Last Updated on February 23, 2023
- President Biden signed an executive order on January 20, 2021 reversing travel bans that had affected citizens of certain predominantly Muslim countries and certain African countries
- The executive order rescinds a travel ban on Muslim-majority countries implemented in 2017 via Proclamations 9645 and 9983, and expanded in subsequent proclamations and executive orders under the Trump administration
- Restrictions on travel and visa issuance will be lifted for individuals in the affected countries
- Changes will not be effective immediately due to ongoing travel restrictions related to COVID-19
On January 20, 2021, President Biden issued an executive order as planned to end a travel ban against several Muslim-majority and African countries. The bans were initially issued in 2017 under the Trump administration.
What are the Changes?
On January 20, 2021, President Biden signed an executive order to rescind a travel ban against several predominantly Muslim countries and several African countries. The bans on Muslim majority countries were issued through Proclamations 9645 and 9983 in 2017 under the Trump administration and expanded in subsequent proclamations and executive orders. These travel bans restricted entry into the U.S. for citizens from those countries and restricted the types of visas for which they could apply.
Who is Affected?
The lifted restrictions apply to individuals in the countries covered in the ban, including Iraq, Nigeria, Myanmar, Kyrgyzstan, Eritrea, Somalia, Sudan, Syria, Yemen, and Libya.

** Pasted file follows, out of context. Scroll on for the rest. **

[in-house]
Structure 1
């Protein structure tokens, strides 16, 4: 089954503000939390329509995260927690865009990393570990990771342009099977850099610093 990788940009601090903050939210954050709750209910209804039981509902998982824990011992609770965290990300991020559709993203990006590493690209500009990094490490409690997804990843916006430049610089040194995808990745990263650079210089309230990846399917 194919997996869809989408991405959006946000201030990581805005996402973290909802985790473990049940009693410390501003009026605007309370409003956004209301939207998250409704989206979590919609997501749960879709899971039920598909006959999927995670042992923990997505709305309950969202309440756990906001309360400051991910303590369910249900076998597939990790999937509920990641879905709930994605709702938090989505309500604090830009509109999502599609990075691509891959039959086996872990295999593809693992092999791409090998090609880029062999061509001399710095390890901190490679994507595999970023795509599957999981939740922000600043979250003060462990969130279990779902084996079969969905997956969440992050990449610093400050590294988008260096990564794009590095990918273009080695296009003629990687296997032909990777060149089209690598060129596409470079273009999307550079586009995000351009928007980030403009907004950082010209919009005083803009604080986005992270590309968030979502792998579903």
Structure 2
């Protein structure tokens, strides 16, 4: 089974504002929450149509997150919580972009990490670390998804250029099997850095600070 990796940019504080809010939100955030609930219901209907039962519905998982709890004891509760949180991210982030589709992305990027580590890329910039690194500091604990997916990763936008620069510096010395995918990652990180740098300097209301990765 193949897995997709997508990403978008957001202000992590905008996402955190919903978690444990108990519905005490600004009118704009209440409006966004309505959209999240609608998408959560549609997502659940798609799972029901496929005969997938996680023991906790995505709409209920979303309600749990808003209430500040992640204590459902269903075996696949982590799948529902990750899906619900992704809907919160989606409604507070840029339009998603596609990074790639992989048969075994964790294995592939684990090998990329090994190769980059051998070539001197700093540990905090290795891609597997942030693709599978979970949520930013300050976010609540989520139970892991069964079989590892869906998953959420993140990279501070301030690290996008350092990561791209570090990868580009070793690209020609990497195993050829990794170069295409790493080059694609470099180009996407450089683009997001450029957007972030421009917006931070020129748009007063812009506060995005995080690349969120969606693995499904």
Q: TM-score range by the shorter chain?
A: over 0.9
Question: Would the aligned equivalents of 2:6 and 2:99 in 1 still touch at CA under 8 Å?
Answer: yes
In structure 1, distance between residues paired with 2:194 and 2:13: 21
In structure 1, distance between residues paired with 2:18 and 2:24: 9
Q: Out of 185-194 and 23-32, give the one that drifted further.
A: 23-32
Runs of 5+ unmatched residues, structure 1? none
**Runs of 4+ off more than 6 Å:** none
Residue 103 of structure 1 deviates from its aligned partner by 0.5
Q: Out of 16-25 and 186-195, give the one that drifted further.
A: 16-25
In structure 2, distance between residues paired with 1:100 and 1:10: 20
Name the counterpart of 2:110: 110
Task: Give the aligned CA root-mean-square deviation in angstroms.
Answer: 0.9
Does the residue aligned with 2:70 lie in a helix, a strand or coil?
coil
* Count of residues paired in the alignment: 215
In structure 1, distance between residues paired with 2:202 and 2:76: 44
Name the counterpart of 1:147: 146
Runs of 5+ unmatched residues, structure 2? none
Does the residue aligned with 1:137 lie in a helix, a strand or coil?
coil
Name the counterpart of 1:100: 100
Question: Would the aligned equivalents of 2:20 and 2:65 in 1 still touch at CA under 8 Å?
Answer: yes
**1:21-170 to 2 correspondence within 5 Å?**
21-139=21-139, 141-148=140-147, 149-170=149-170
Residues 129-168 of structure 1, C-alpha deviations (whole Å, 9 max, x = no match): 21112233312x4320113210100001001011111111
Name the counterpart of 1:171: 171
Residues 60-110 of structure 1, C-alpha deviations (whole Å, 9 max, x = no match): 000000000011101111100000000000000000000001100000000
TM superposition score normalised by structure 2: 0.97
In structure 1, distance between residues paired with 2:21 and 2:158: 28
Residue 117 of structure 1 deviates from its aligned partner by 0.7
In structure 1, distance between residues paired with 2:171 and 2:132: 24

What Should Employers and Applicants Know?
By signing the executive order, President Biden orders the State Department to resume visa processing for the impacted countries. Additionally, the agency is tasked with creating a proposal to undo damage caused by the travel bans.
Global Immigration Associates (GIA) has advised that clients contact their legal teams for further guidance and to assess whether foreign nationals face any additional travel restrictions or visa suspensions.
Although the travel ban has been lifted, its changes will not be effective immediately. Many travel restrictions still remain in place due to COVID-19 that may impact travel from the affected countries to the U.S. Additionally, reductions in consular operations due to the ongoing pandemic, will still prevent entry and/or visa issuance for some foreign nationals.
Envoy is pleased to provide you this information, which was prepared in collaboration with Ian Love, who is a Managing Attorney at Global Immigration Associates, P.C. (www.giafirm.com), Envoy’s affiliated law firm.
Content in this publication is not intended as legal advice, nor should it be relied on as such. For additional information on the issues discussed, consult an Envoy-affiliated attorney or another qualified professional.